Cue Balls and Chicken Eggs

I've never really gotten into studying the Qabala, also known as Kabbalah, also known as Cabala, also known as QBL, also known as Q-ball. Those of you who have read about my first steps towards chaos magic will know that I had my first brush with it fairly early on in my magical life through exposure to the so-called New Avatar Power.

Once I realized that NAP was actually a simplification of QBL, I became less interested. From what I could tell, QBL was a lot more work than reward. I mean, it sure seemed that way. There were all these correspondeces to learn, the sephiroth and paths to study, and perhaps even the Hebrew language. I could write spells that worked without all that hassle, so why bother? It seemed to be so steeped in Judeo-Christian thought that it just got on my nerves once in a while. Clearly I had better things to do with my time.

It's been close to twenty years since I made that call. In that time I have played with it a little here and there, most often things like the LBRP and a few ideas mined from Kraig's Modern Magic. On the whole, though, I had mostly managed to avoid it.

This has begun to change in the last year or two, and personally I blame Pantheacon. Pantheacon is an annual pagan convention here in the Bay Area, and at Pantheacon 2002 I attended a talk by R. J. Stewart that turned out to be about an approach to the Tree of Life that divorced itself from tradional Qabalistic symbolism. In its place, it dealt with personal and physical connection to the universe directly.

This idea intrigued me a bit, and I began to play with the meditations he postulated in the seminar. I got some results and found them enjoyable. I did not work with them much, mostly due to time constraints. Still the approach opened my thoughts again to the possibility that I might one day enjoy working with the Tree of Life in some capacity.

This brings us to Panthecon 2003. Here I met Lon Milo DuQuette. I actually met him at the Pagan Variety Show, where I drew some interest for playing berimbau and singing Capoeira songs. I ran into him again the next day in the dealers' room, where he was signing copies of his new book, The Chicken Qabala. I had read his My Life with the Spirits and enjoyed it, but told him I had never gotten into the Qabala. We talked briefly about my magical background and he seemed certain the Chicken Qabala was for me. I thanked him, but didn't give his opinion too much weight. After all, it was in his interest to sell the book. Still, before I left the area I read through it a bit and sighed.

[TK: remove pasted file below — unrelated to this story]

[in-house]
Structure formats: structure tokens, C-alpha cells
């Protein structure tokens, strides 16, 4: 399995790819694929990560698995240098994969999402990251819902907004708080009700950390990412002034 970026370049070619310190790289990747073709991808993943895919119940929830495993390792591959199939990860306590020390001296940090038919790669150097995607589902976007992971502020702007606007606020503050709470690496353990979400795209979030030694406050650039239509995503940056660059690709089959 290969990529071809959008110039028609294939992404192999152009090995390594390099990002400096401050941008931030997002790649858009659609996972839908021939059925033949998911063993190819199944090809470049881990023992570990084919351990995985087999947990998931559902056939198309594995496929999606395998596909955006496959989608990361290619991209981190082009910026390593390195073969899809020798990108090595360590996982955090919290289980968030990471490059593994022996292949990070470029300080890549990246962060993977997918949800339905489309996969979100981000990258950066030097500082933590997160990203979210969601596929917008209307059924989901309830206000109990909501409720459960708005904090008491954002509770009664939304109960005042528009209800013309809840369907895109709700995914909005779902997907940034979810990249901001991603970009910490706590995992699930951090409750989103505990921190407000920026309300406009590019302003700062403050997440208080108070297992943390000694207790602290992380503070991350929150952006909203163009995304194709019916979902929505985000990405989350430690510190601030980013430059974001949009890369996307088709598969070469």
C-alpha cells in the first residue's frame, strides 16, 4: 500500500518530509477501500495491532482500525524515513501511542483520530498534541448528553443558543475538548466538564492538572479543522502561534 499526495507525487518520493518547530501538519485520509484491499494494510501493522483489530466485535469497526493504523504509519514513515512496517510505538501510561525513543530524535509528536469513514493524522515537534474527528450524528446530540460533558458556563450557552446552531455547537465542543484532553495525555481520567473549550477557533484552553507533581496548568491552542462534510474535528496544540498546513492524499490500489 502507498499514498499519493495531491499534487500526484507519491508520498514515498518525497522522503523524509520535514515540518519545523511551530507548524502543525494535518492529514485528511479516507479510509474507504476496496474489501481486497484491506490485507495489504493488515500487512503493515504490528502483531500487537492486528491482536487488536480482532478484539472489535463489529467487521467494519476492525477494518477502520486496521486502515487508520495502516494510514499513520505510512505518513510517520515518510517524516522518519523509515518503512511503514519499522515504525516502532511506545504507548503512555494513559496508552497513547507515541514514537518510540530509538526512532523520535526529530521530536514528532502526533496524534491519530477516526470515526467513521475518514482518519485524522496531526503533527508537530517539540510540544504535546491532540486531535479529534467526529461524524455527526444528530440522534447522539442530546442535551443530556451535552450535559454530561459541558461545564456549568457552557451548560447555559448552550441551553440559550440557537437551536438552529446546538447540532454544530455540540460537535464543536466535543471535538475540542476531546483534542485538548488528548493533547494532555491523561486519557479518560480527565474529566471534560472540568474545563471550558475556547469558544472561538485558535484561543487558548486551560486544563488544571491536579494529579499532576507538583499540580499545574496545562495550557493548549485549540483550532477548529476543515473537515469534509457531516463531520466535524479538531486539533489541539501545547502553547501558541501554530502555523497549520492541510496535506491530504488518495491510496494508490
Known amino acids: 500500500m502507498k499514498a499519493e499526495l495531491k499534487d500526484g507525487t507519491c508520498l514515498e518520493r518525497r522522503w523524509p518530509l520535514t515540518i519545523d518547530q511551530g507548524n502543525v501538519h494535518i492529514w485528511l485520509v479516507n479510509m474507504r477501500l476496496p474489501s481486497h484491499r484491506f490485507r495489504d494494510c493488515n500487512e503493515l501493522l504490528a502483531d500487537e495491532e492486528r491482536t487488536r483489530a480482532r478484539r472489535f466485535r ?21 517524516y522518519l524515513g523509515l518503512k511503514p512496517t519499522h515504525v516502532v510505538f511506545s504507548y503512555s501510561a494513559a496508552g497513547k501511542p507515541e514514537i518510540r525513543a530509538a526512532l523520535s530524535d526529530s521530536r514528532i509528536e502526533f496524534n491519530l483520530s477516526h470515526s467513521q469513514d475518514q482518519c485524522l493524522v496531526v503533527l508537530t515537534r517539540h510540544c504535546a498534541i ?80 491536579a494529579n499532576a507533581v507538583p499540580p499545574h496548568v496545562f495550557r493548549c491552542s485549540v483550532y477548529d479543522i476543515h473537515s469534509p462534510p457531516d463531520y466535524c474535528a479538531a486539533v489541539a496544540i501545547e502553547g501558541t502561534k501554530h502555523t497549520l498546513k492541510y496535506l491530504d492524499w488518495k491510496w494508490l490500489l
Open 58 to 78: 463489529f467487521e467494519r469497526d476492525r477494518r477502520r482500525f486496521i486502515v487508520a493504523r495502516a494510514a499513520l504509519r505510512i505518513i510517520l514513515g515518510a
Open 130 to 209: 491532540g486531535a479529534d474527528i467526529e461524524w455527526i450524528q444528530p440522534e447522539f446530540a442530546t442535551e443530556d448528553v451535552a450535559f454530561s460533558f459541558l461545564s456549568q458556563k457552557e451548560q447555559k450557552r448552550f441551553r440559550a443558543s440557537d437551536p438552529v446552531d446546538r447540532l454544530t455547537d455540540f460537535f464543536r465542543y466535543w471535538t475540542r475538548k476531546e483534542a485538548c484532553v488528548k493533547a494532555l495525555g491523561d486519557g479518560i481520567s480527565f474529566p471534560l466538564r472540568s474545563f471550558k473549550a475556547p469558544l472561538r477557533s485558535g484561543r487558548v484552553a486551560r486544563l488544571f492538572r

He was right. I did like it. It was simple, elegant, humorous and yet a thorough introduction. He kept everything, such as the much-vaunted gematria, in perspective. Most important, he managed to remove it from any particular religion. I took it home, read it through, and came to the realization that I now have an actual interest in QBL and will have to begin adding it to my personal practice.

I'm still not likely to ever study Qbl in the way that most people think of it. Still, I have to say — Hell yes, I'm a Chicken Qabalist!

If he ever writes a book like this for Enochian magic, I'm doomed. . . .



Four Winds Bar

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